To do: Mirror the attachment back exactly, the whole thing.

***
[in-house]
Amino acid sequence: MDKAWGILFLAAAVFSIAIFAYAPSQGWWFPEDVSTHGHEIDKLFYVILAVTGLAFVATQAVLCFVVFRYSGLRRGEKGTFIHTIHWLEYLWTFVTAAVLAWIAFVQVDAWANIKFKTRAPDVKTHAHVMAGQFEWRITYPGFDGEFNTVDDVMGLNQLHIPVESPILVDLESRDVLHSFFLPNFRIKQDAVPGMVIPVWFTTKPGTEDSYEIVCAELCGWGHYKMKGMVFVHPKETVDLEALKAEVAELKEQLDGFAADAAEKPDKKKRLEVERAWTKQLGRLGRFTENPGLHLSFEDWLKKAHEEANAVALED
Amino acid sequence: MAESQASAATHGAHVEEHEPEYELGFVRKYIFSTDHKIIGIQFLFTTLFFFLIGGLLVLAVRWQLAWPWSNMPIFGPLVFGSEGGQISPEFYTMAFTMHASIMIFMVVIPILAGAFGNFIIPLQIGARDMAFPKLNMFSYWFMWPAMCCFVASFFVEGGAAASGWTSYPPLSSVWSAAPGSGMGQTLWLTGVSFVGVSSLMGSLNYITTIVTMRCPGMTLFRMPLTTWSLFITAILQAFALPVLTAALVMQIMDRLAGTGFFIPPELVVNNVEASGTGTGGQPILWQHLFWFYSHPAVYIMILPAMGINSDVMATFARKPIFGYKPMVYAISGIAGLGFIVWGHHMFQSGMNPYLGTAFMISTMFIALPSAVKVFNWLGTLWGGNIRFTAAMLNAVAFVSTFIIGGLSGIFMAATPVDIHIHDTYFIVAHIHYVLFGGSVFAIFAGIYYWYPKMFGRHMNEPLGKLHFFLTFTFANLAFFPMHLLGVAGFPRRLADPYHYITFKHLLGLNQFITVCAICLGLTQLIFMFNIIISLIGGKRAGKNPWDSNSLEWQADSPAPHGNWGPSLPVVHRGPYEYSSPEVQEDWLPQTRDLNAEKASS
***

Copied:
[in-house]
Amino acid sequence: MDKAWGILFLAAAVFSIAIFAYAPSQGWWFPEDVSTHGHEIDKLFYVILAVTGLAFVATQAVLCFVVFRYSGLRRGEKGTFIHTIHWLEYLWTFVTAAVLAWIAFVQVDAWANIKFKTRAPDVKTHAHVMAGQFEWRITYPGFDGEFNTVDDVMGLNQLHIPVESPILVDLESRDVLHSFFLPNFRIKQDAVPGMVIPVWFTTKPGTEDSYEIVCAELCGWGHYKMKGMVFVHPKETVDLEALKAEVAELKEQLDGFAADAAEKPDKKKRLEVERAWTKQLGRLGRFTENPGLHLSFEDWLKKAHEEANAVALED
Amino acid sequence: MAESQASAATHGAHVEEHEPEYELGFVRKYIFSTDHKIIGIQFLFTTLFFFLIGGLLVLAVRWQLAWPWSNMPIFGPLVFGSEGGQISPEFYTMAFTMHASIMIFMVVIPILAGAFGNFIIPLQIGARDMAFPKLNMFSYWFMWPAMCCFVASFFVEGGAAASGWTSYPPLSSVWSAAPGSGMGQTLWLTGVSFVGVSSLMGSLNYITTIVTMRCPGMTLFRMPLTTWSLFITAILQAFALPVLTAALVMQIMDRLAGTGFFIPPELVVNNVEASGTGTGGQPILWQHLFWFYSHPAVYIMILPAMGINSDVMATFARKPIFGYKPMVYAISGIAGLGFIVWGHHMFQSGMNPYLGTAFMISTMFIALPSAVKVFNWLGTLWGGNIRFTAAMLNAVAFVSTFIIGGLSGIFMAATPVDIHIHDTYFIVAHIHYVLFGGSVFAIFAGIYYWYPKMFGRHMNEPLGKLHFFLTFTFANLAFFPMHLLGVAGFPRRLADPYHYITFKHLLGLNQFITVCAICLGLTQLIFMFNIIISLIGGKRAGKNPWDSNSLEWQADSPAPHGNWGPSLPVVHRGPYEYSSPEVQEDWLPQTRDLNAEKASS